1. The first line stores the remote IP address of the remote computer to the variable, $IP. In our case, the computer on our local network will be requesting this page, so our home IP address will be the value.
  2.  The second line stores the name and location of a file on the webserver, ip.address, to a variable, $FILE. Notice that you need to define the absolute server path to the ip.address file.
  3. The third line uses fopen() to open $FILE and bind it to a stream, $FP.
  4. The value in $IP is written to $FP using fputs().
  5. $FP is closed with fclose().

This file will be written to every time this webpage is called, and as it’s currently configured, the contents in ip.address will be overwritten every time the webpage is called.

Save the file to your web directory making sure that its location matches the path in the script you created earlier on your local computer.


Now we need to create a script on the web server that is scheduled every 15 minutes. When executed, it will read the IP address from the file, ip.address, and create another webpage with this address displayed on it. The content and format of this webpage is entirely up to you. The key element is that this webpage displays the IP address that is retrieved from the file, ip.address. Furthermore, this webpage is accessible to you from anywhere in the world, giving you your home IP address. If you’re concerned with security, then you could password protect the directory that this webpage is in using an htaccess file. See this webpage for more information on how to password protect a directory with htaccess.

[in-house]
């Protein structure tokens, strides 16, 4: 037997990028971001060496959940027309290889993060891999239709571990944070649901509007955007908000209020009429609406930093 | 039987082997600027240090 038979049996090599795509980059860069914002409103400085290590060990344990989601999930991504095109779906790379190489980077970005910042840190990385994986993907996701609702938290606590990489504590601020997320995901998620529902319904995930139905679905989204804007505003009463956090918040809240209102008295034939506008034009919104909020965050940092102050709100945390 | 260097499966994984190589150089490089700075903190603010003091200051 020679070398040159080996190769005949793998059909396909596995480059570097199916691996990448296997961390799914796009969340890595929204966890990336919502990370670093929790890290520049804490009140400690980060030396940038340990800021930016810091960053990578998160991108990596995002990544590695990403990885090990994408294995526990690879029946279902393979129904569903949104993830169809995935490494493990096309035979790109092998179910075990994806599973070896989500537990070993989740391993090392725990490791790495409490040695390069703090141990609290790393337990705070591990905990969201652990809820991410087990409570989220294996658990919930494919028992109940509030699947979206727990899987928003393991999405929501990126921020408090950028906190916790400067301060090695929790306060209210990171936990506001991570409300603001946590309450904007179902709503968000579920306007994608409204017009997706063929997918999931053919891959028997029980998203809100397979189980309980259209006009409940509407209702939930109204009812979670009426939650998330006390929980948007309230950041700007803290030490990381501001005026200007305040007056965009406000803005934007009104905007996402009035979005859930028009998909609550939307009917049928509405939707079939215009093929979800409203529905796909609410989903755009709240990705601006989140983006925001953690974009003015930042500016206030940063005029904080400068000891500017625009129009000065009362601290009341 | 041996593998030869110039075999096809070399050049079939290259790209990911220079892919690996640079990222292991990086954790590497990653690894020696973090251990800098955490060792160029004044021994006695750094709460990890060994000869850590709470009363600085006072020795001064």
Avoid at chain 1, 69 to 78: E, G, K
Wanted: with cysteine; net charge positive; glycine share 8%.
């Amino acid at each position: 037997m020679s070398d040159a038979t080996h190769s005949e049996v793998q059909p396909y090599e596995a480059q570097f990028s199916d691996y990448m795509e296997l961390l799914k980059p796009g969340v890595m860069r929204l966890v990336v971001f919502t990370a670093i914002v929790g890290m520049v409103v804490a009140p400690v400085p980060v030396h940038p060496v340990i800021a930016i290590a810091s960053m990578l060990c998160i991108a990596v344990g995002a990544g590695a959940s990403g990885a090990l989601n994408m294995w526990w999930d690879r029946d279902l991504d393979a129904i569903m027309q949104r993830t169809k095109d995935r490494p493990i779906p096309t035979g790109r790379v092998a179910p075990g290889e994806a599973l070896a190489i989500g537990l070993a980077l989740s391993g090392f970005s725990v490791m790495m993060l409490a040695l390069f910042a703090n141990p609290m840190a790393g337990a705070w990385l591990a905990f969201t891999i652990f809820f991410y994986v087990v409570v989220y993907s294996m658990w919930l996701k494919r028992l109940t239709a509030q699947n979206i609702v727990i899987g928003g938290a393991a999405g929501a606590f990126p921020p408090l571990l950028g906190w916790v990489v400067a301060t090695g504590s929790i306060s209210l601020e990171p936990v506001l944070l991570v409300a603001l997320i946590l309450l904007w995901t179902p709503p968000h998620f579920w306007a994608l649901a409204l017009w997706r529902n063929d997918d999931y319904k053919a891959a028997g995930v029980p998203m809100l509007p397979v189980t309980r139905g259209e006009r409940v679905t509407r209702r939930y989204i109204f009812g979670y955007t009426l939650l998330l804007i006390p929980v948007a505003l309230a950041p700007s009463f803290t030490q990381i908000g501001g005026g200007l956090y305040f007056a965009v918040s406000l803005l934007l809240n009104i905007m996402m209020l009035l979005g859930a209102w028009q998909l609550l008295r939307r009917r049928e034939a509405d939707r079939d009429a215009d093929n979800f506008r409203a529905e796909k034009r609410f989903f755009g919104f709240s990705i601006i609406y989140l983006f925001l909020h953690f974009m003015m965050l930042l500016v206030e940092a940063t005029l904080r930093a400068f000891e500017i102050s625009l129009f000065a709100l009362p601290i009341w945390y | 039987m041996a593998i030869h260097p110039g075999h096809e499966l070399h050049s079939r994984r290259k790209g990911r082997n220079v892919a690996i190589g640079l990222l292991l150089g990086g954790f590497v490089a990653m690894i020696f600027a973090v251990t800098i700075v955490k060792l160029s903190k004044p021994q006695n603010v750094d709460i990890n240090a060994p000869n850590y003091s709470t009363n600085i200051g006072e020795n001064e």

Create a file and enter the following code:



IP=$(head -n 1 $FILE)

    <title>IP Address</title>
    <meta http-equiv=\"Content-Type\" content=\"text/html charset=UTF-8\" />